Air travel from China to the United States dropped 86 percent in February after President Donald Trump banned most trips due to the emerging COVID-19 pandemic, according to newly released statistics.
Trump on Jan. 31 issued an executive order barring people who had been in China within the past two weeks from entering the United States. The order went into effect on February 2.
“We can’t have thousands of people coming in who have this problem, the coronavirus,” Trump said at the time during a pre-Super Bowl interview with Fox News’ Sean Hannity.
Air passenger journeys from China decreased from 505,560 in January to 70,072 in February, Dr. Anne Schuchat, part of the Centers for Disease Control and Prevention (CDC) COVID-19 response team, said in a May 1 report.
But travelers kept pouring in from Italy and other Schengen Area countries. Nearly 1.75 million from the nations, including 139,305 from Italy, arrived in February.
The CCP (Chinese Communist Party) virus, or SARS-CoV-2, a novel coronavirus from China that causes the COVID-19 disease, was spreading rapidly through Western Europe that month.
Trump on March 11 announced a travel ban on most Schengen counties, asserting the European Union “failed to take the same precautions” as the United States to restrict travel from China and other virus hotspots.
“As a result, a large number of new clusters in the United States were seeded by travelers from Europe,” he said.
The ban was extended to Britain and Ireland on March 14.
The number of travelers flying to the United States from Italy and all Schengen countries decreased 74 percent and 50 percent, respectively, in March, according to the new CDC report.
Genomic analysis of different strains of the CCP virus in America indicates multiple introductions from international travelers from China and Europe as well as domestic travel.
Returning cruise ship passengers also contributed to the rapid increase in cases, Schuchat said. The number of cases in the country increased more than 1,000-fold in a three-week period from late February to early March.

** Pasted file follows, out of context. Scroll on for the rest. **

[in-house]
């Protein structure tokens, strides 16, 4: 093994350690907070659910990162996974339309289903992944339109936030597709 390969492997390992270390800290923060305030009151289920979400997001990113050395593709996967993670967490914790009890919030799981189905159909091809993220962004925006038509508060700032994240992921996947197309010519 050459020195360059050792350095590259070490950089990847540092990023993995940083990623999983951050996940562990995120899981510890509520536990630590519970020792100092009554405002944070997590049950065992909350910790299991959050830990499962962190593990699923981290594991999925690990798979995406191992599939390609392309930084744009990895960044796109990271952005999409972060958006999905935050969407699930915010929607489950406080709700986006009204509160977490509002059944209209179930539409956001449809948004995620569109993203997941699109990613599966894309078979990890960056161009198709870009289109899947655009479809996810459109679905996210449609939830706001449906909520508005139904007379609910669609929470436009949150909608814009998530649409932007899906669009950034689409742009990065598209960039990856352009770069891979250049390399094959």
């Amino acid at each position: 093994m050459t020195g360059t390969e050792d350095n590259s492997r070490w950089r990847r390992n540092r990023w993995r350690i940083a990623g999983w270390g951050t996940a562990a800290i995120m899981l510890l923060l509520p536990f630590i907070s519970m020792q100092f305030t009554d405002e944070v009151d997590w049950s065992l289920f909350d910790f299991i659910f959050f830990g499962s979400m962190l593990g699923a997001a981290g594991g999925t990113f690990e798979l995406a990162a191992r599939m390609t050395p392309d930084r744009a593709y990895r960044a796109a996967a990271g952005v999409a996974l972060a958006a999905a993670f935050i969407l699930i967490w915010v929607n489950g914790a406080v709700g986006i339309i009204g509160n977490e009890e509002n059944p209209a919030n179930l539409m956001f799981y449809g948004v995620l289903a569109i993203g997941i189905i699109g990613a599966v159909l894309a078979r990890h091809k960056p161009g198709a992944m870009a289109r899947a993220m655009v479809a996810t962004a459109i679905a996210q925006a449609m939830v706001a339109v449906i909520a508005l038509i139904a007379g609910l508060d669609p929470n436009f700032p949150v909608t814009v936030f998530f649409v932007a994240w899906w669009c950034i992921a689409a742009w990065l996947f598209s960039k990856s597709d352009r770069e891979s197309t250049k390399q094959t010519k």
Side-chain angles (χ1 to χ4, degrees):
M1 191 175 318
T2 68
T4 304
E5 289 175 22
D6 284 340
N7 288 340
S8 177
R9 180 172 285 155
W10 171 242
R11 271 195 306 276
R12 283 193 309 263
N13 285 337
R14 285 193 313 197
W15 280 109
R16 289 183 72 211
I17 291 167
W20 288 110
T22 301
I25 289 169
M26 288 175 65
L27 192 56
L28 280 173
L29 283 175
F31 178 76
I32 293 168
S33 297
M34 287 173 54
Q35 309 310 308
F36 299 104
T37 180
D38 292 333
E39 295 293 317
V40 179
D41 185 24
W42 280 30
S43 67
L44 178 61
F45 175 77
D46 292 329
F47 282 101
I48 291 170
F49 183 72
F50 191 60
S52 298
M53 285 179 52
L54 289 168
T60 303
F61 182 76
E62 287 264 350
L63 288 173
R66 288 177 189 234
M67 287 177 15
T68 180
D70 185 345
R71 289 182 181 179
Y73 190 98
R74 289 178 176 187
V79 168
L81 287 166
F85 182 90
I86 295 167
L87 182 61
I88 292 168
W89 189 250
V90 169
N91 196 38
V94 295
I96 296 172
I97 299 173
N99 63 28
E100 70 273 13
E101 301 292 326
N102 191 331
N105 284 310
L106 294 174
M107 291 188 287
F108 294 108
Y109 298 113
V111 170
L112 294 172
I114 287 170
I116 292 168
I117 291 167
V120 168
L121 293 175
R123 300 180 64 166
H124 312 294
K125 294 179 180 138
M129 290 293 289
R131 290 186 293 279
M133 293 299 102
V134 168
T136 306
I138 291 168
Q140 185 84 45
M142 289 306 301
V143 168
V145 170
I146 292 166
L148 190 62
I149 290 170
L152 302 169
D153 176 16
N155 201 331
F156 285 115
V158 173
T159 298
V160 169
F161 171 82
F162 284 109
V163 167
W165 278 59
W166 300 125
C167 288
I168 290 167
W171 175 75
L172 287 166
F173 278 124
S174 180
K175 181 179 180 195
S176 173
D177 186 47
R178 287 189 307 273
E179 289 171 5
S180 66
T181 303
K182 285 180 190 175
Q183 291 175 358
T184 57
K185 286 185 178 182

“Persons from many countries are in close contact on cruises, and crew members continue to work on ships for multiple voyages. As a result, passengers returning from cruises contributed to the early acceleration phase,” she wrote.
CDC Director Robert Redfield on March 14 ordered a No Sail Order for cruise ships and renewed the order on April 9, bringing new cruise trips to a halt.
Large events in February, including Mardi Gras in Louisiana, the international Biogen conference in Boston, Mass., and a funeral with more than 100 attendees in Albany, Ga., “led to further spread” of the virus, the new report said. Clusters also broke out in skilled nursing and long-term care facilities and at hospitals, along with some workplaces like meatpacking plants. Other clusters were linked to houses of worship.
A major factor in the rapid spread of the virus was the significant percentage of patients who showed no symptoms. Another factor: the introduction of the virus into the country happened during the annual flu season, making it difficult to discern some CCP virus cases from influenza. The illnesses share some symptoms, like fever, cough, and shortness of breath.
“As the pandemic evolves, control efforts must be continuously refined. Certain interventions that were critical in the early stages, such as quarantine and airport screening, might have less impact when transmission is widespread in the community. However, many elements of the mitigation strategies used during the acceleration phase will still be needed in later stages of the outbreak,” the doctor concluded.
Preliminary results from antibody testing suggests that even in the U.S. regions with the largest numbers of recognized cases, most persons have not been infected and remain susceptible, she said, adding, “Therefore, sustained and concerted efforts will be needed to prevent future spread of SARS-CoV-2 within the United States.”